• StartCloseIn

      Thank you for writing this. I agree, fertility is like a club that you didn’t know existed and weren’t sure you wanted to become a member of. But it is a sisterhood in its own way.

  • Erin

    Oh tears….You’re not alone in your nursery. We are sitting with you, sad with you, while oohhing and aahhing over all of the adorable and lovingly made, tiny little baby things.

    <3

    • StartCloseIn

      I read this last week, and it made me tear up. Thank you.

  • http://www.asafemooring.blogspot.com/ Kirsty | A Safe Mooring

    Your nursery is beautiful and it breaks my heart. I’m so, so sorry this happened to you.

    • StartCloseIn

      Thank you. Thank you for writing.

  • Amanda L

    I am so sorry. Our stories aren’t exactly the same, but our nurseries are similarly empty. If I had thought of it, I would have written that very same letter to ‘Dear Sperm Count.’

    I’d also add a letter to ‘Dear Thoughtless Friend Complaining About Pregnancy Weight’ and ‘Dear Friend Who Could Only Think to Compare Her Foot Pain to Childbirth’.

    Then I’d like to take the letter-writer out for a drink or five. Giant hugs to you, Anon!

    • Kara E

      Is it ok to say “I’d rather go through labor than have migraines?” Seriously though, I think there’s a lot of stuff people say that unintentionally hurts their friends. Hopefully my friends mention things to me when it does…

      • Amanda L

        I think in a general group setting, it’s fine to say that. If it’s just you and your friend, who has been on a well-documented infertility journey for the better part of two years, you should probably do your best to find some other horrible thing to substitute in there.

        I didn’t say anything to my friend. Why? Because it seems like whining, and I’m hoping she just doesn’t realize what she did. If it was a recurring thing, I would definitely say something. The tricky thing is that these comments usually come out of nowhere. I knew to steel myself for a tough day on Mother’s Day. I know when I see a text from my pregnant friend that it could be pregnancy related. But a random text from a friend about her tattoo? I had no idea that would contain pregnancy-related stuff, so it caught me out of nowhere. I’m not mad at her, but it was one of those small wounds that is deep and takes time to heal.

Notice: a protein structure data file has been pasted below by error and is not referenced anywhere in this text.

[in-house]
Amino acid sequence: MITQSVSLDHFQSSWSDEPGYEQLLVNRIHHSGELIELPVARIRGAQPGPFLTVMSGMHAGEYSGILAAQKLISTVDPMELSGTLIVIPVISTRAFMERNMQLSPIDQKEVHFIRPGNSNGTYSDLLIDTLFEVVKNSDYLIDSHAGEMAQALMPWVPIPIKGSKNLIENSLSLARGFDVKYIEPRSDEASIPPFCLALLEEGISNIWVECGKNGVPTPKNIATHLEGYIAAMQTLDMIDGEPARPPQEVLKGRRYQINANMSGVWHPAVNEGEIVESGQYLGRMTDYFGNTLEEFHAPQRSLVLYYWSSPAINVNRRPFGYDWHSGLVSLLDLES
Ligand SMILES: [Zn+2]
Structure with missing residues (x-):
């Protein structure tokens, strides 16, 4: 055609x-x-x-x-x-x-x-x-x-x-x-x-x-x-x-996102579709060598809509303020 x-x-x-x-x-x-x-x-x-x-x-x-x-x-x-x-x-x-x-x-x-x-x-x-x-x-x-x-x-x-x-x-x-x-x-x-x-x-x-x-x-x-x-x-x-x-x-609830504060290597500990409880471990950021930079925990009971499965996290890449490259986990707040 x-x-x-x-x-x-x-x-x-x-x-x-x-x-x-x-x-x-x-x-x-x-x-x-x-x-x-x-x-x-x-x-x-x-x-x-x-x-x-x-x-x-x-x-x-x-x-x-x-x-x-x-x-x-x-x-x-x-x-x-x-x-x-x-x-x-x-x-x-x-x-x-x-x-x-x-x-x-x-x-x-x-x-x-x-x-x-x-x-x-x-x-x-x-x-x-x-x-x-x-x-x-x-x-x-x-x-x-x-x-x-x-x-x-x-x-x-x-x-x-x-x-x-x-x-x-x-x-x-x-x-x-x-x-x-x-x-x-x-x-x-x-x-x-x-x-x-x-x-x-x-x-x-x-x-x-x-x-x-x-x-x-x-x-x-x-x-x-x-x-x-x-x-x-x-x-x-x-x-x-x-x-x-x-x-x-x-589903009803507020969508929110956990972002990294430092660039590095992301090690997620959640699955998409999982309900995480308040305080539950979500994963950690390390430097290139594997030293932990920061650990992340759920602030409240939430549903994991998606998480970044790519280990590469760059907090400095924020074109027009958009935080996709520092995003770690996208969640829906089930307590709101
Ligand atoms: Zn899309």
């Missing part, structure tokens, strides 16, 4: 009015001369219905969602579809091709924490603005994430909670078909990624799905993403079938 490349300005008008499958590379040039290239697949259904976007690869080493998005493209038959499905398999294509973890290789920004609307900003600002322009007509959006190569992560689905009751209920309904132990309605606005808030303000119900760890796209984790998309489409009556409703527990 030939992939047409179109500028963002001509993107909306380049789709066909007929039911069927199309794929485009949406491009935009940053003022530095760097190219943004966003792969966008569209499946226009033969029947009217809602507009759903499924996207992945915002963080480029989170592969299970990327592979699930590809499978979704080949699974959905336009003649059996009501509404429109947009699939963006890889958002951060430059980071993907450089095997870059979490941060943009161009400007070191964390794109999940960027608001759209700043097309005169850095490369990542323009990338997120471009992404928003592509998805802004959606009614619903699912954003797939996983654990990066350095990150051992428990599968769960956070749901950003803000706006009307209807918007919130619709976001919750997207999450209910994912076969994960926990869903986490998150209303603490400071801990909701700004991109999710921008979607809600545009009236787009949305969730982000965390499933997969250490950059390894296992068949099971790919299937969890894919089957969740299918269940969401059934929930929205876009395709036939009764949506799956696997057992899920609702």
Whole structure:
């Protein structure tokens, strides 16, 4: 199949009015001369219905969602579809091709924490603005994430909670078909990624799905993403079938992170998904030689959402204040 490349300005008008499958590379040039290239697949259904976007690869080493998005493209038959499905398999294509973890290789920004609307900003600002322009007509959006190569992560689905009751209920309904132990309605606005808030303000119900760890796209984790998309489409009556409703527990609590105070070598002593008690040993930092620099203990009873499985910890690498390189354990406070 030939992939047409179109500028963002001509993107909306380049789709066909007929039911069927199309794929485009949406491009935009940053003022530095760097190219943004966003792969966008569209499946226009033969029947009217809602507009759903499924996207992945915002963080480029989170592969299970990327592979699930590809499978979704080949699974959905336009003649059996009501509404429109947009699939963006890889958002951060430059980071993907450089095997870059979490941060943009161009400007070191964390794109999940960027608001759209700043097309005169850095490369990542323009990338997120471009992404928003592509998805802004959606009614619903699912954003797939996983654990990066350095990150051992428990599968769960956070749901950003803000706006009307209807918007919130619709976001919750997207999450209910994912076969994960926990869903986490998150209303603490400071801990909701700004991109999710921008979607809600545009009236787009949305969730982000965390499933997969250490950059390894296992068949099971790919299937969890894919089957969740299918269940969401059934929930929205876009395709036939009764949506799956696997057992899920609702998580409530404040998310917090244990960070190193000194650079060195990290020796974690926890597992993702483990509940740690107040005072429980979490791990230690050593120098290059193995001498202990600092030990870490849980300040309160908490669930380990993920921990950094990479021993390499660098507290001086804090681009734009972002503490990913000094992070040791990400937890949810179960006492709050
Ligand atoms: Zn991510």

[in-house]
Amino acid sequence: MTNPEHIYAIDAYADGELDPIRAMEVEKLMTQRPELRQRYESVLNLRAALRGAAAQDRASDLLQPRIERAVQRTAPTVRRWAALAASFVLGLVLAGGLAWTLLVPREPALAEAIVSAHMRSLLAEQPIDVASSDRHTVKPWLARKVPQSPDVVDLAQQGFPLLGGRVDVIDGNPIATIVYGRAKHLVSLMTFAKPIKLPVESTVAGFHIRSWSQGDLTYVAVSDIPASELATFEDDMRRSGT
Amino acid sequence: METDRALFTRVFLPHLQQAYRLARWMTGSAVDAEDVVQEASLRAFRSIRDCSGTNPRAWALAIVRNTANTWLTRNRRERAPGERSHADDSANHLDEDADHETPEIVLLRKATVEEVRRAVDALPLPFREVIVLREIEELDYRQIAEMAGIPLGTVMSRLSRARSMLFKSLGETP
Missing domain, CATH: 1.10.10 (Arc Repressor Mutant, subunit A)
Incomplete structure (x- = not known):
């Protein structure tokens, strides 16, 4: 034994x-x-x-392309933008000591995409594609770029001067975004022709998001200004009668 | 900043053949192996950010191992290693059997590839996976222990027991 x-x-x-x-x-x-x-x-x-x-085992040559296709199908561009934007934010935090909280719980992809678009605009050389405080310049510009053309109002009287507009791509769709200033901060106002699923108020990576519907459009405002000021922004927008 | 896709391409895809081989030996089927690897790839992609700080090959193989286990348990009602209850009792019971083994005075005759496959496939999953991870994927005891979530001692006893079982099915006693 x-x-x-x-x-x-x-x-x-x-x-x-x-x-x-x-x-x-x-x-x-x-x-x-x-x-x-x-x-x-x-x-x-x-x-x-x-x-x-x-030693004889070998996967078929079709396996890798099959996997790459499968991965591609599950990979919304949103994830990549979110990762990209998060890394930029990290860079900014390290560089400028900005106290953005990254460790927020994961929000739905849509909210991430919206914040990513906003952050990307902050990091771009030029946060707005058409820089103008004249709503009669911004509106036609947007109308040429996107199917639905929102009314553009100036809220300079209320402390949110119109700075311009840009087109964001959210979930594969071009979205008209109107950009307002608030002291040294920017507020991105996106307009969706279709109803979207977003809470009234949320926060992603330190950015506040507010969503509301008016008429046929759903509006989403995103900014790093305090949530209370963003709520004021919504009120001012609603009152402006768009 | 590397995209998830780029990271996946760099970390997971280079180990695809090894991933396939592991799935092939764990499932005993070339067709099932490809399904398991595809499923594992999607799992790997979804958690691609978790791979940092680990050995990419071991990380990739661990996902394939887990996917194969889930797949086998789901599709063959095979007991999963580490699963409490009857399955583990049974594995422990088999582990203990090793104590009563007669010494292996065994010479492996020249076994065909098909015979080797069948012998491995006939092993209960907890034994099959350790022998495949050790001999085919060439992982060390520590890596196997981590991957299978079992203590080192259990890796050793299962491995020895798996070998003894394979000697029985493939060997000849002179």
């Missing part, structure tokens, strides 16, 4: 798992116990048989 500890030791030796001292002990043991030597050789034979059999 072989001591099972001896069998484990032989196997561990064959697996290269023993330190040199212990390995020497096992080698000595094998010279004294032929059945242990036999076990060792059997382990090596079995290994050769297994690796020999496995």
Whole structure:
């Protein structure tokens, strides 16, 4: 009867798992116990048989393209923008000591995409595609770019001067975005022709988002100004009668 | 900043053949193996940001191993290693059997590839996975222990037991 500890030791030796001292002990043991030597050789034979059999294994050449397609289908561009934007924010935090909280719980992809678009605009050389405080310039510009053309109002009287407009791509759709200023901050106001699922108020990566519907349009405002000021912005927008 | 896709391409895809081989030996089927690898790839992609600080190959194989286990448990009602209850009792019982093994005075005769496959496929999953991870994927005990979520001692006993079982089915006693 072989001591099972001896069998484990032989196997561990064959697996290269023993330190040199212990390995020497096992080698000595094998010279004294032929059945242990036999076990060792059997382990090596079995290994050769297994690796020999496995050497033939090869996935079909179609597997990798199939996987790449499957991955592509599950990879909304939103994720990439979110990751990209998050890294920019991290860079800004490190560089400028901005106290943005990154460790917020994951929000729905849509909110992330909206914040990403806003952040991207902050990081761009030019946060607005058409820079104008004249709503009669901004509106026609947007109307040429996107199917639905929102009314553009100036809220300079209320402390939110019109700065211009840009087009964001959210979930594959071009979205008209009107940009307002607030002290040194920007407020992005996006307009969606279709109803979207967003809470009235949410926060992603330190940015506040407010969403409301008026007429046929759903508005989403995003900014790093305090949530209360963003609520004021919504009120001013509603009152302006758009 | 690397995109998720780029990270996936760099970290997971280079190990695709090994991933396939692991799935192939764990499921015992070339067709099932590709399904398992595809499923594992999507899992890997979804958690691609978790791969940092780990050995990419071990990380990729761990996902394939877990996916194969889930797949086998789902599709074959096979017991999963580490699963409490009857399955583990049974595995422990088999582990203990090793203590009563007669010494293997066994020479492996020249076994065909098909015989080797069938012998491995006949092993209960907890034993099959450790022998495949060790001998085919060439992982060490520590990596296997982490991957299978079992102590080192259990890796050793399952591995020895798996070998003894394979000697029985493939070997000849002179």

BTW – I think migraines are THE WORST and feel really bad for anyone who has to deal with them regularly.

        • Anon

          My close friend has been TTC for about 1.5 years. I’m pregnant, and got pregnant with shocking ease ( I expected it to be difficult for me for various reasons). I feel awful about this situation. It absolutely breaks my heart, and I am quite afraid of talking too much about — well, anything.

          That is the problem. I have been quite sick during this pregnancy and my life has been overwhelmed by it. I am full of worries about things going wrong, and so scared of having a miscarriage. these are things I would share withBeing pregnant for the first time has changed everything about my life, from what I can do and eat to how I think about my job and hobbies. Even when I talk about other things, the lens I am looking through is inevitably that of being pregnant, and I worry about how obvious that is. At the same time, I feel awkward trying to avoid anything that could in any way relate to being pregnant, like she will somehow be tricked into forgetting that I am pregnant and she is not.

          I am commenting not with any answers but because the way friends who are pregnant and those struggling with infertility interact is so important to me. I know that friendships often really fall apart in these situations.

          My deepest

          • Anon continued

            Discus wouldn’t let me finish!

            My deepest sympathy to the writer and everyone dealing with fertility issues. I know I don’t understand, and I wish I could help. If I ‘m driving you crazy with pregnancy related stuff, you can say so.

          • StartCloseIn

            I think we feel empowered to say so, most of the time. Some moments are harder than others…some moments I feel particularly vulnerable, and I don’t attend baby showers during those times. But the great thing about babies is that you having one doesn’t mean that I don’t get to! There are enough to go around :)

          • Amanda L

            Anon – you shouldn’t feel bad that you got pregnant quickly! You seem like a good friend to have put so much thought into your interactions. Have you talked to her about what she can handle and not handle? For me, I DO often want to hear about how my pregnant friends are doing, but I’m not always in the right mindset, so I’ve asked them to let ME come to THEM with questions.

            It may be that she cannot be that friend you go to with some of your complaints (valid though they may be) and worries at this time of your life. There are lots of pregnancy discussion forums and ‘moms to be’ groups out there that can hopefully fill that hole.

          • Anon

            Thank you for your thoughtful reply! I do think that maybe it would be good to be more open– just to talk with her about what and when she’s comfortable with. I try to follow her lead on things as it is, but more open communication would be helpful.